Racehorses in Victoria will soon benefit from some of the best injury-prevention screening services available anywhere in the world, thanks to funding from the Andrews Labor Government.
Minister for Racing Martin Pakula announced more than $950,000 from the Victorian Racing Industry Fund will be invested in new technology to improve animal welfare in the racing industry.
A Positron Emission Tomography (PET) scanner will be purchased for the University of Melbourne Equine Centre in Werribee, along with a standing Computed Tomography (CT) scanner intended to be located at the Cranbourne Training Centre.
The $1.9 million joint project is supported by Racing Victoria with more than $700,000 and the University of Melbourne contributing more than $240,000.
The University of Melbourne, in partnership with Racing Victoria and the Labor Government, has been carrying out world-leading research on the risk factors of injury to racing horses and how to improve prevention.
The Australian first equine PET scanner at Werribee will improve the Centre’s ability to identify areas of concerns in horses, further enhancing safety and welfare and will be operational from 2023.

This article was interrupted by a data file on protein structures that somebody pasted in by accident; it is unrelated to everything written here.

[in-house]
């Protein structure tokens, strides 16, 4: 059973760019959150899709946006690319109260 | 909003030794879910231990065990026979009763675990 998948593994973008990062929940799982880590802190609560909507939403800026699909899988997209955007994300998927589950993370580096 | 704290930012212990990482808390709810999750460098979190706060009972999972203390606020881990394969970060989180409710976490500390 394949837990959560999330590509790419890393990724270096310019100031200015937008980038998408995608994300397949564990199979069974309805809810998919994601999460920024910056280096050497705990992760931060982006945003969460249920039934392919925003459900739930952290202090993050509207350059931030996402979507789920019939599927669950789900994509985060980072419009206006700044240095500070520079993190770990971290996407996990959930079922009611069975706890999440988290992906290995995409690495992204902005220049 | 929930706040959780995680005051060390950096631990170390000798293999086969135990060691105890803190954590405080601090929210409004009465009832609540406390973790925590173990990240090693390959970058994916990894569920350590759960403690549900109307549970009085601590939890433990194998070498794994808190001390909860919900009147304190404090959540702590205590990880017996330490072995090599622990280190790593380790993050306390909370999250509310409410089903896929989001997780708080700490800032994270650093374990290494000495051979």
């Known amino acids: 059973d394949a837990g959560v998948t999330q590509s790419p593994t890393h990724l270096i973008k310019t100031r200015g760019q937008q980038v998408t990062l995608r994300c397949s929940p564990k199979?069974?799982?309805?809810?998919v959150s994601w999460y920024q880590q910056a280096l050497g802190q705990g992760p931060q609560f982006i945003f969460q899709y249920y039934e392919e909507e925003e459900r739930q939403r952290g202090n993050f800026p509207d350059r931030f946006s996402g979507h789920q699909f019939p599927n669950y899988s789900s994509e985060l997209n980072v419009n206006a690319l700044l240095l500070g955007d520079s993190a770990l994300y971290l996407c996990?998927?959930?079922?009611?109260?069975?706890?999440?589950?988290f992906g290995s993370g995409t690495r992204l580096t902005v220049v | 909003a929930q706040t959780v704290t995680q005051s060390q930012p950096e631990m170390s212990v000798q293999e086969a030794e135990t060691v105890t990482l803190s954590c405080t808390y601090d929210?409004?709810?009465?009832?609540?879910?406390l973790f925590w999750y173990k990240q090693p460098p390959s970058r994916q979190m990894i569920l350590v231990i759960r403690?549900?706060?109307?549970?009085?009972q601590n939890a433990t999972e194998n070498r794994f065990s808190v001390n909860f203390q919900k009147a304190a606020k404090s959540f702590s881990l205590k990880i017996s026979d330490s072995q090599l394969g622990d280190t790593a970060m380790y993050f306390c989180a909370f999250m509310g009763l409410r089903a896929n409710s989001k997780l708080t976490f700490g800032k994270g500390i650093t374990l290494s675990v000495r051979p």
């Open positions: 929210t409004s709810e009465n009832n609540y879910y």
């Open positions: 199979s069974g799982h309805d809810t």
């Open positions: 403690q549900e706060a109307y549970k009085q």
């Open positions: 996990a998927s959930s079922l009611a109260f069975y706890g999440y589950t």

Horses training in Victoria’s south-east, including the Cranbourne Training Centre, will have greater access to high quality imaging with this world-leading technology, reducing the need to travel to the equine veterinary facility at Werribee. The installation of the standing CT scanner is expected to occur after this year’s Spring Racing Carnival.
The $950,000 investment in the scanners builds on the $4.95 million in support provided through the Victorian Racing Industry Fund towards the Equine Limb Injury Prevention Program in partnership with Racing Victoria and the University of Melbourne.
The thoroughbred racing industry in Victoria generates $3.2 billion for the Victorian economy and helps sustain over 25,150 full time equivalent jobs locally.
As stated by Minister for Racing Martin Pakula
“Victoria is producing world-leading research in injury prevention amongst racehorses. This new technology will provide improved care to racehorses that compete in our state, the home of racing in Australia.”
As stated by Racing Victoria Chair Brian Kruger
“This project furthers our extensive commitment to equine welfare and ensures that advanced screening technology will be available to more horses year-round in Victoria”
As stated by University of Melbourne Professor Chis Whitton
“We’re proud to be leading ground-breaking research which is making a real difference reducing injuries, and the new scanners will help take that to the next level with better diagnostic capability and capacity.”